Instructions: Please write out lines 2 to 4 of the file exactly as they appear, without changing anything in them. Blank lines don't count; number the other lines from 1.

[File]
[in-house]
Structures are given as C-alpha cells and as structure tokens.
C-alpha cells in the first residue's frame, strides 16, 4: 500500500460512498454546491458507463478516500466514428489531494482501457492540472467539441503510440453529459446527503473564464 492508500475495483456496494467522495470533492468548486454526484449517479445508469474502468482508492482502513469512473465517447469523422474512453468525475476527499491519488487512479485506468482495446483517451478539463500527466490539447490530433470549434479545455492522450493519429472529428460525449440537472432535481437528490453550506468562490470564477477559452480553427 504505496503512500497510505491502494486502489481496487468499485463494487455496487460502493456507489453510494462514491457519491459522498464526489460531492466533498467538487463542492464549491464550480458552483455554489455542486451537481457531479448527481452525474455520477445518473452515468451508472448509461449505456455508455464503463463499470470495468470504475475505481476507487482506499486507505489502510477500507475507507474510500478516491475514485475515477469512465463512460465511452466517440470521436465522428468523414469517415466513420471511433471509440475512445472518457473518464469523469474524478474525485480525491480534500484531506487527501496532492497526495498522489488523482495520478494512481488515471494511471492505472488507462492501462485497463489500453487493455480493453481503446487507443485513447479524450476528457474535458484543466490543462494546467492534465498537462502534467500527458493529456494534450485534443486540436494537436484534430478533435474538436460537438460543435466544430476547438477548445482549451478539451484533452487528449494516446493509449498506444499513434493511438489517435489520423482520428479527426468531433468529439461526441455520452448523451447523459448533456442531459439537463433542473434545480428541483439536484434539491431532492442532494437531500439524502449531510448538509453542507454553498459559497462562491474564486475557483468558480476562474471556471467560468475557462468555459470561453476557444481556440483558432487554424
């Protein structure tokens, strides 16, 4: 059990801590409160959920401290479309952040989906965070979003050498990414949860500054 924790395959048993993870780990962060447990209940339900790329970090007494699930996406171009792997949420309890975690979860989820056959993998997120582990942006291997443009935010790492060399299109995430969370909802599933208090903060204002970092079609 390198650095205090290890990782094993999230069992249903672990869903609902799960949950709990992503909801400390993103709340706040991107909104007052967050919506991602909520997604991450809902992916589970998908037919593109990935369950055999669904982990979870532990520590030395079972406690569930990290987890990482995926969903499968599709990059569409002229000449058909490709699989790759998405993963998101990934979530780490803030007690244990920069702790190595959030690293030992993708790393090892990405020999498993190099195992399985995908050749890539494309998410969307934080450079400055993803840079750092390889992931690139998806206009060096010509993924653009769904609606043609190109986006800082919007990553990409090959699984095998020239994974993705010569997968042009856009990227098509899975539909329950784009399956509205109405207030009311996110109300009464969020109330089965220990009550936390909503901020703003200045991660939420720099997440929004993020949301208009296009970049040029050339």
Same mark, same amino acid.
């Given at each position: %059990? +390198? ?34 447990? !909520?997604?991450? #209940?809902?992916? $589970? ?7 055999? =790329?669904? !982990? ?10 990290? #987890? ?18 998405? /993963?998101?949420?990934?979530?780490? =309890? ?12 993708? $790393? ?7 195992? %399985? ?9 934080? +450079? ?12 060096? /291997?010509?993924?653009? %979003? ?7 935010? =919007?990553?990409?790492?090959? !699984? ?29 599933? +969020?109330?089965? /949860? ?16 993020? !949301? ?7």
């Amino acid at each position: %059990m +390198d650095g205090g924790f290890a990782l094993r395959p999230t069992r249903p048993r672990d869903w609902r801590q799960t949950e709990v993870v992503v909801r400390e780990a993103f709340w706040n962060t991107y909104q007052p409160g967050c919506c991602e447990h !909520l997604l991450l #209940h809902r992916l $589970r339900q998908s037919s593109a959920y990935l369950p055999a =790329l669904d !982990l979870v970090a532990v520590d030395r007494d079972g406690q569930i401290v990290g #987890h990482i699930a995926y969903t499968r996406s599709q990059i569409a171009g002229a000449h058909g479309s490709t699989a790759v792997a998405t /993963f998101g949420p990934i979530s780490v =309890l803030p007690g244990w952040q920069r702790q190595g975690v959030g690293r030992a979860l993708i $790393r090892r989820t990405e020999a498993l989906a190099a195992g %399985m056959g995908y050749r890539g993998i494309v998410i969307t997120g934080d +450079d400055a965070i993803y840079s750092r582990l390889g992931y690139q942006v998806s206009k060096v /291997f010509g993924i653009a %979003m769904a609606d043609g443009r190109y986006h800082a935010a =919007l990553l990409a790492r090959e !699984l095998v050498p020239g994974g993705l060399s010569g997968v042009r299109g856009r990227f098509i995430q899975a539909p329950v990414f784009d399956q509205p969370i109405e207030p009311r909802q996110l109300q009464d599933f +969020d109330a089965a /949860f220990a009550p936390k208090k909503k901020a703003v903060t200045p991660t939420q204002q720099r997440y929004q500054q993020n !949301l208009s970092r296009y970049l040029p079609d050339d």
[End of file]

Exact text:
Structures are given as C-alpha cells and as structure tokens.
C-alpha cells in the first residue's frame, strides 16, 4: 500500500460512498454546491458507463478516500466514428489531494482501457492540472467539441503510440453529459446527503473564464 492508500475495483456496494467522495470533492468548486454526484449517479445508469474502468482508492482502513469512473465517447469523422474512453468525475476527499491519488487512479485506468482495446483517451478539463500527466490539447490530433470549434479545455492522450493519429472529428460525449440537472432535481437528490453550506468562490470564477477559452480553427 504505496503512500497510505491502494486502489481496487468499485463494487455496487460502493456507489453510494462514491457519491459522498464526489460531492466533498467538487463542492464549491464550480458552483455554489455542486451537481457531479448527481452525474455520477445518473452515468451508472448509461449505456455508455464503463463499470470495468470504475475505481476507487482506499486507505489502510477500507475507507474510500478516491475514485475515477469512465463512460465511452466517440470521436465522428468523414469517415466513420471511433471509440475512445472518457473518464469523469474524478474525485480525491480534500484531506487527501496532492497526495498522489488523482495520478494512481488515471494511471492505472488507462492501462485497463489500453487493455480493453481503446487507443485513447479524450476528457474535458484543466490543462494546467492534465498537462502534467500527458493529456494534450485534443486540436494537436484534430478533435474538436460537438460543435466544430476547438477548445482549451478539451484533452487528449494516446493509449498506444499513434493511438489517435489520423482520428479527426468531433468529439461526441455520452448523451447523459448533456442531459439537463433542473434545480428541483439536484434539491431532492442532494437531500439524502449531510448538509453542507454553498459559497462562491474564486475557483468558480476562474471556471467560468475557462468555459470561453476557444481556440483558432487554424
């Protein structure tokens, strides 16, 4: 059990801590409160959920401290479309952040989906965070979003050498990414949860500054 924790395959048993993870780990962060447990209940339900790329970090007494699930996406171009792997949420309890975690979860989820056959993998997120582990942006291997443009935010790492060399299109995430969370909802599933208090903060204002970092079609 390198650095205090290890990782094993999230069992249903672990869903609902799960949950709990992503909801400390993103709340706040991107909104007052967050919506991602909520997604991450809902992916589970998908037919593109990935369950055999669904982990979870532990520590030395079972406690569930990290987890990482995926969903499968599709990059569409002229000449058909490709699989790759998405993963998101990934979530780490803030007690244990920069702790190595959030690293030992993708790393090892990405020999498993190099195992399985995908050749890539494309998410969307934080450079400055993803840079750092390889992931690139998806206009060096010509993924653009769904609606043609190109986006800082919007990553990409090959699984095998020239994974993705010569997968042009856009990227098509899975539909329950784009399956509205109405207030009311996110109300009464969020109330089965220990009550936390909503901020703003200045991660939420720099997440929004993020949301208009296009970049040029050339």